Mining Cities Alliance Will Back Growth, Development

The mayors of the mining cities of Mount Isa, Kalgoorlie-Boulder, and Broken Hill are challenging bureaucracies to cut red tape and back development and jobs growth in regional Australia through the formation of the Australian Mining Cities Alliance. Alliance Chair Kalgoorlie-Boulder Mayor John Bowler said the objective of the alliance is to share knowledge and experience and to strengthen relationships with the mining industry across Australia.

“Many Australian mining cities have long histories in mining and processing ores, and have generated great wealth over many decades,” Bowler said. “But when downtimes come, these same mining cities are often hit hard, with people losing their jobs and businesses leaving town.

“By tapping into our collective experience and by pooling resources, we can better address these sorts of challenges and pursue opportunities in a highly collaborative way. It is only early days, but I feel sure that mining cities across Australia will benefit greatly from this initiative in the years ahead.”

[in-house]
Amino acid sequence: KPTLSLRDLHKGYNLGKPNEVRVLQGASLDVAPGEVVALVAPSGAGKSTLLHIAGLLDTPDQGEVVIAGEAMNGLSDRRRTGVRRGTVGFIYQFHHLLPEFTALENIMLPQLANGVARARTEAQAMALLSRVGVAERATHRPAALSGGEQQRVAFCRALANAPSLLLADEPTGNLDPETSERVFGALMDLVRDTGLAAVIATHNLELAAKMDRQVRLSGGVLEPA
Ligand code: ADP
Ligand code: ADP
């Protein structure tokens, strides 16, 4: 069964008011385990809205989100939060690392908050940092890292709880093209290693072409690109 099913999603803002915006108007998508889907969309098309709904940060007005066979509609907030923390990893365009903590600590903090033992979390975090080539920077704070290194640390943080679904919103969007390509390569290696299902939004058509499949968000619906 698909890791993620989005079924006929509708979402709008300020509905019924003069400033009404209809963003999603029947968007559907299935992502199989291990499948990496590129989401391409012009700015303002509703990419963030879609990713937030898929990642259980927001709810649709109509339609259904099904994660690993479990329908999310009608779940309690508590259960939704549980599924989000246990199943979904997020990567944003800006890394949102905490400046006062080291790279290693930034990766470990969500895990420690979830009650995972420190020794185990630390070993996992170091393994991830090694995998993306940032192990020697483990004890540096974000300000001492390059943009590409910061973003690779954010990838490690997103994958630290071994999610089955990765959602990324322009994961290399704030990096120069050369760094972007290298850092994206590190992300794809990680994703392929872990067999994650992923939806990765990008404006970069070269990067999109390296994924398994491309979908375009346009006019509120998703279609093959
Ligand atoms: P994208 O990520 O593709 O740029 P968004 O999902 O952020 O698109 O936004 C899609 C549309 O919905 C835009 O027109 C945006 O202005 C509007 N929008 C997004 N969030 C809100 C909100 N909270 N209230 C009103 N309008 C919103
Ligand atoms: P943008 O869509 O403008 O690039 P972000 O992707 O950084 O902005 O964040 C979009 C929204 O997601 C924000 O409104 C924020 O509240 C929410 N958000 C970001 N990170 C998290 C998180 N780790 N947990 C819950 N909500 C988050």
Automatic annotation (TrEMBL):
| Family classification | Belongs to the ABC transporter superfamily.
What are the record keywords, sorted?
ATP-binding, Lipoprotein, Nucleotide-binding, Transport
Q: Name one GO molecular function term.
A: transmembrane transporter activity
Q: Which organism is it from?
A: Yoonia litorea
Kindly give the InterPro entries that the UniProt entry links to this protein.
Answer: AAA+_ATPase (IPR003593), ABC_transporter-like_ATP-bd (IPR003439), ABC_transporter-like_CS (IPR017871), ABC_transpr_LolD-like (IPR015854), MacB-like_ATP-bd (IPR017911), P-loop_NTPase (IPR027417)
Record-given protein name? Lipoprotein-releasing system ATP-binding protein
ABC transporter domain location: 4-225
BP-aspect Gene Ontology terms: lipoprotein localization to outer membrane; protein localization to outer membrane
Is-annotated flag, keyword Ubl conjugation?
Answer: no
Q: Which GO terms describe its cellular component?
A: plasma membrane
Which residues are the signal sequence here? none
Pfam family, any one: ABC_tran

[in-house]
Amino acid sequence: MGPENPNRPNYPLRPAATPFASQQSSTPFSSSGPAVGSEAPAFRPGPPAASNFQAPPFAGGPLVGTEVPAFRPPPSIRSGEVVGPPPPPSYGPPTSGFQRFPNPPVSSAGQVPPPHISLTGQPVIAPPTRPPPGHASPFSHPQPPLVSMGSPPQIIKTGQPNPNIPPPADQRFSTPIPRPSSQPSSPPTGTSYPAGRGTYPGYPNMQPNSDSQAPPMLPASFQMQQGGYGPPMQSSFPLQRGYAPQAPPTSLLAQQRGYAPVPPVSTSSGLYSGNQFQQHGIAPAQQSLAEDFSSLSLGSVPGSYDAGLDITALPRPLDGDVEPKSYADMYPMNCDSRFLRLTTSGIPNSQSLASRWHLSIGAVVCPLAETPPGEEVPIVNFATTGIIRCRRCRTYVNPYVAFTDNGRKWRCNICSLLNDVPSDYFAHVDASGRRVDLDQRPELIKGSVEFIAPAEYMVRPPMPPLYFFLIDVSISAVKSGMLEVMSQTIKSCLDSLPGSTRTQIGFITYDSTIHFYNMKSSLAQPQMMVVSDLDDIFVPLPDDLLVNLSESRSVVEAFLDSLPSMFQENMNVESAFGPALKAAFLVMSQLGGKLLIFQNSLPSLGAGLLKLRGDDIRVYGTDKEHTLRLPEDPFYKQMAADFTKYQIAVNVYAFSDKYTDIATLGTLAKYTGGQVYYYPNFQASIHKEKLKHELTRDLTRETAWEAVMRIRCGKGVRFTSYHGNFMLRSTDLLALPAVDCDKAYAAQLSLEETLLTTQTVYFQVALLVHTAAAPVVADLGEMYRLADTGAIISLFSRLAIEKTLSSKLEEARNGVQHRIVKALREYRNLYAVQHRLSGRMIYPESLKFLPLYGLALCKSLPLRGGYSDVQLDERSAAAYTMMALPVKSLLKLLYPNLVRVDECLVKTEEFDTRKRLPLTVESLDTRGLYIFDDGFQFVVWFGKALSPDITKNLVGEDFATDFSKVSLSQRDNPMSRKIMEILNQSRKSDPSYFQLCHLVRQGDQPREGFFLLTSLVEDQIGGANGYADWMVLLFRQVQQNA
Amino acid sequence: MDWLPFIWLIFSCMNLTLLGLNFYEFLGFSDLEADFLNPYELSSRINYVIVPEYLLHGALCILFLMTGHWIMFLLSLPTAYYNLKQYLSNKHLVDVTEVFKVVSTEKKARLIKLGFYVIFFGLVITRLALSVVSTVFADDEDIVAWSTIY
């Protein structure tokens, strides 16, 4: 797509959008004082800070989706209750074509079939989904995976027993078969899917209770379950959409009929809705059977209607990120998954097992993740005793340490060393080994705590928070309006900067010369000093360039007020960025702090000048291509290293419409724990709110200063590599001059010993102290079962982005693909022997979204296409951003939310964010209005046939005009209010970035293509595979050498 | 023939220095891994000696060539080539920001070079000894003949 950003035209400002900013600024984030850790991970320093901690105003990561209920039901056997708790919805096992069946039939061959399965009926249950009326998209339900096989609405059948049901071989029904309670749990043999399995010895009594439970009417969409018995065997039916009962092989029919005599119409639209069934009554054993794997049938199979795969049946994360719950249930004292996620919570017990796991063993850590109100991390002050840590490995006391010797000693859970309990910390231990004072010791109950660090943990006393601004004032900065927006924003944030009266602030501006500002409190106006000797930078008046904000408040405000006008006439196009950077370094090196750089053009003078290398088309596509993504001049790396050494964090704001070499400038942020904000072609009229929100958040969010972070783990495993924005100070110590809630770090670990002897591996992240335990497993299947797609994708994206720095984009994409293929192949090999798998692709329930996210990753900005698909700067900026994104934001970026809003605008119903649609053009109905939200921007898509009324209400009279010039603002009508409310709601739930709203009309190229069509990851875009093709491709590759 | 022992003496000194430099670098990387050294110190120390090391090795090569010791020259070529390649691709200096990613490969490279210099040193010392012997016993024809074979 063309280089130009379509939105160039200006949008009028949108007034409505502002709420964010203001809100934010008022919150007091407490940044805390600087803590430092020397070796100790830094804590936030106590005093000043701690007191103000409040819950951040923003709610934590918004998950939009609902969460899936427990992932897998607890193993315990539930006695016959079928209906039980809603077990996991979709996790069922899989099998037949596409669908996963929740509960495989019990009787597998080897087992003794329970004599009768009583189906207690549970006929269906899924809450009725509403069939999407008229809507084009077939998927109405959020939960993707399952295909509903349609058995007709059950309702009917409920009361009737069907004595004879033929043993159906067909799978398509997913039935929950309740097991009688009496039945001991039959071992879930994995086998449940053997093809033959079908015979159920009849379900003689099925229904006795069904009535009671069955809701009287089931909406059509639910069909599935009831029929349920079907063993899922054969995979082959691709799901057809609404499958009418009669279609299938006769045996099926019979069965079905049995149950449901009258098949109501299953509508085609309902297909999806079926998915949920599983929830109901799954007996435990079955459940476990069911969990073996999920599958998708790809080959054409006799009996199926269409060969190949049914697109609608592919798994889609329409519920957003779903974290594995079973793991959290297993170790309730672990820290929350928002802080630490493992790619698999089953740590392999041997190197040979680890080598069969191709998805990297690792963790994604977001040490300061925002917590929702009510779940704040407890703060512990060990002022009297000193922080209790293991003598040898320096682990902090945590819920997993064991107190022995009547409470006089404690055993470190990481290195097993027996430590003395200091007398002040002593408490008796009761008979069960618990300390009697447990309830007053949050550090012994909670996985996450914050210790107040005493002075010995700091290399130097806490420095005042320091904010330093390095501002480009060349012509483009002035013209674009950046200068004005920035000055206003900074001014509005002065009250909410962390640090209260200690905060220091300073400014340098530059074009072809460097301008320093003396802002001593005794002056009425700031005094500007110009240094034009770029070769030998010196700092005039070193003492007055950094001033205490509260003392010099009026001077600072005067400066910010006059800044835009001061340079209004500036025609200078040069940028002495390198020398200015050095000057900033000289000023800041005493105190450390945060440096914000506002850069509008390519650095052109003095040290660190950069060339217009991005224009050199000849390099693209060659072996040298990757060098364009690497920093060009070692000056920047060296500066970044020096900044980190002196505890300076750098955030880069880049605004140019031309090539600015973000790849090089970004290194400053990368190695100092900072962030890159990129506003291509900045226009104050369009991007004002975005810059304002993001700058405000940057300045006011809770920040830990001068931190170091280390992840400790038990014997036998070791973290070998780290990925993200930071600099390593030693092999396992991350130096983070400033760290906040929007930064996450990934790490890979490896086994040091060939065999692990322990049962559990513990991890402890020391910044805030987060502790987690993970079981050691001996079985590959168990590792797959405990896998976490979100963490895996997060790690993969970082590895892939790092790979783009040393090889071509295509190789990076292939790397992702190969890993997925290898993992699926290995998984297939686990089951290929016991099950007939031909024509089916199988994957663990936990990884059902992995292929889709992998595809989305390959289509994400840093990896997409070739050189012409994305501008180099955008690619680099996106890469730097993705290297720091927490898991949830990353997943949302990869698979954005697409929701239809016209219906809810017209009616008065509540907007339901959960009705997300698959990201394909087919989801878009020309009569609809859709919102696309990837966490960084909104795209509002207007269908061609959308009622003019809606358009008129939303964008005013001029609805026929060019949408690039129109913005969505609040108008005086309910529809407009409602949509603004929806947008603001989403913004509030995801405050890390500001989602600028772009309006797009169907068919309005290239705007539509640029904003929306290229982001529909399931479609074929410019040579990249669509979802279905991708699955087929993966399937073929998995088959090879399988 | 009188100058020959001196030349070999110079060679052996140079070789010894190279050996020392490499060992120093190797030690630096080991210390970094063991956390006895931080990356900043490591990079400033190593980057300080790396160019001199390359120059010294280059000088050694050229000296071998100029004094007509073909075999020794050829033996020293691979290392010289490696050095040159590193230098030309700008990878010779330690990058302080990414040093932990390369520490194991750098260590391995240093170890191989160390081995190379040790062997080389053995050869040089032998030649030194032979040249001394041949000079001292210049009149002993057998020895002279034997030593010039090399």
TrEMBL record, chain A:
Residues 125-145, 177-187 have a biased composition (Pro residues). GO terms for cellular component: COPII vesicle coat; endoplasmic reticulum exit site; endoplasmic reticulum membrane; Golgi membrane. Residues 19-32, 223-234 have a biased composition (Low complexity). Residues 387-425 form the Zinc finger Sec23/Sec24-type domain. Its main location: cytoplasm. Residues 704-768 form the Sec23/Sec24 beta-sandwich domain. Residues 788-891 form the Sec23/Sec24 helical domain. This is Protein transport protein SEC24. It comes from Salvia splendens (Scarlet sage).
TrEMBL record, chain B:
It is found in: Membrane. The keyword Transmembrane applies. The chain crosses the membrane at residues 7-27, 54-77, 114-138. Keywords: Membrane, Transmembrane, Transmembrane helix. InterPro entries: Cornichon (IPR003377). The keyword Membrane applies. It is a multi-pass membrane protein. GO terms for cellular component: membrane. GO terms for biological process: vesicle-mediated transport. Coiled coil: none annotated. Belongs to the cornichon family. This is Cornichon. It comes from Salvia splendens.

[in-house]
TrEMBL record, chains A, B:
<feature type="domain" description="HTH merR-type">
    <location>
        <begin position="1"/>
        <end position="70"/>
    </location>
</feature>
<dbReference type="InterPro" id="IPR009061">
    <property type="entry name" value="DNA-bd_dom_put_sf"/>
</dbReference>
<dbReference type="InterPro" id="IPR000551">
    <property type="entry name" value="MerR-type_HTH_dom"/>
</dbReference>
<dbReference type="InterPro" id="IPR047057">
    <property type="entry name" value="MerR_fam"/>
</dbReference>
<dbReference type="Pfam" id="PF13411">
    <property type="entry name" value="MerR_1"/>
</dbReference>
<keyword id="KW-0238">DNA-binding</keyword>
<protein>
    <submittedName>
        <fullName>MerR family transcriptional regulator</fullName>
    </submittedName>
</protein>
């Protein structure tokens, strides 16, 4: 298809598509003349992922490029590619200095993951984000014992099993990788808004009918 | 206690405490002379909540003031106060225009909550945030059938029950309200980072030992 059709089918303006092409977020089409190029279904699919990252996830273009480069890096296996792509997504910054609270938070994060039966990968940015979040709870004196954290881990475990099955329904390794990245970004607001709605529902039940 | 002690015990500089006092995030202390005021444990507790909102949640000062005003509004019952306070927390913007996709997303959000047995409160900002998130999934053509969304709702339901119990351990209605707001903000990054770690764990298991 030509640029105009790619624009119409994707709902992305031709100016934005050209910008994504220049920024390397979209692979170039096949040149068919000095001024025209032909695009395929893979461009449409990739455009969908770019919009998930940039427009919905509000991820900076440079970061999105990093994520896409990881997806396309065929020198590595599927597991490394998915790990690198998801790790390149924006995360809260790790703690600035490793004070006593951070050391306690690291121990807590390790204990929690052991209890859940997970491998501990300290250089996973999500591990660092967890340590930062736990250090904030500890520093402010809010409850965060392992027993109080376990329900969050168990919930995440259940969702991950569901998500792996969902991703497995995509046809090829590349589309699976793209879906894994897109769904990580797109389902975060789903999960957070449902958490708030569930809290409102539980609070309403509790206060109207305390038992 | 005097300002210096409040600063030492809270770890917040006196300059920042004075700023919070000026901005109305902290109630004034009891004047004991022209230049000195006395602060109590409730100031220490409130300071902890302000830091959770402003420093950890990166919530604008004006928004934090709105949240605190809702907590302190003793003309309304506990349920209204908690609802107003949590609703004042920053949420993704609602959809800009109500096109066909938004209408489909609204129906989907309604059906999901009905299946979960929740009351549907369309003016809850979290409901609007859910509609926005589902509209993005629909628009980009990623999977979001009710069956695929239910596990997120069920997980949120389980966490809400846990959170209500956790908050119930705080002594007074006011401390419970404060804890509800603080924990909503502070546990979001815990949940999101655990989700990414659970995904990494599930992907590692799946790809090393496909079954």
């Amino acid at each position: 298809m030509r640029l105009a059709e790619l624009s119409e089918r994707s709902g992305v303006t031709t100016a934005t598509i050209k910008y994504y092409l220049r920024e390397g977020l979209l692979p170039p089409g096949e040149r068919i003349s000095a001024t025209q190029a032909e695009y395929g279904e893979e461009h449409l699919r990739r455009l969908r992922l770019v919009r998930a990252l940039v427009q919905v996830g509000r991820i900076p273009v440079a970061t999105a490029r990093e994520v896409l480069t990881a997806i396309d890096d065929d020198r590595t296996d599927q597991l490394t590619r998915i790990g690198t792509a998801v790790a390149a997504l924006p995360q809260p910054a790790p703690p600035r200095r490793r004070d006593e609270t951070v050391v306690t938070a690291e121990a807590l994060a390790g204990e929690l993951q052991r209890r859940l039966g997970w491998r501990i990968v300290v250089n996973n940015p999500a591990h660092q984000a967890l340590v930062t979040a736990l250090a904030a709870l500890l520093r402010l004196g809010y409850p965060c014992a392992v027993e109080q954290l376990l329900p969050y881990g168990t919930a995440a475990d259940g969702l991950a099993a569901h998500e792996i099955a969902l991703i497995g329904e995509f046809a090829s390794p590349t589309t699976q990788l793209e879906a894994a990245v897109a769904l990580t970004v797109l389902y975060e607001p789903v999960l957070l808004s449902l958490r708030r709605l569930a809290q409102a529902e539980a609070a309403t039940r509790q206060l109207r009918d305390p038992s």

Mount Isa Mayor Joyce McCulloch commented that it is vital that regional Australia’s mining cities have a loud and united voice. “This alliance has brought about an extraordinary level of collaboration between the three founding mayors. We can only imagine what will be possible when other mining cities join us. Our aim is to position the alliance as a powerful educational and advocacy force.

“Local councils are the voice of hundreds of local communities across Australia that are often dependent on a single large mining project or commodity,” McCulloch said. “If that employer or prospective new job-generating industry is impeded by bureaucratic delays and processes, it’s our communities, and our families, that pay the price,”

Broken Hill Mayor Darriea Turley said the Alliance would extend an open invitation to other councils and mining companies — big and small — to join the group and collaborate on campaigns. “The challenges and opportunities facing Broken Hill have much in common with other Australian mining cities,” Turley said. “Working together will undoubtedly help us to strengthen our respective futures.”

As featured in Womp 2017 Vol 12 -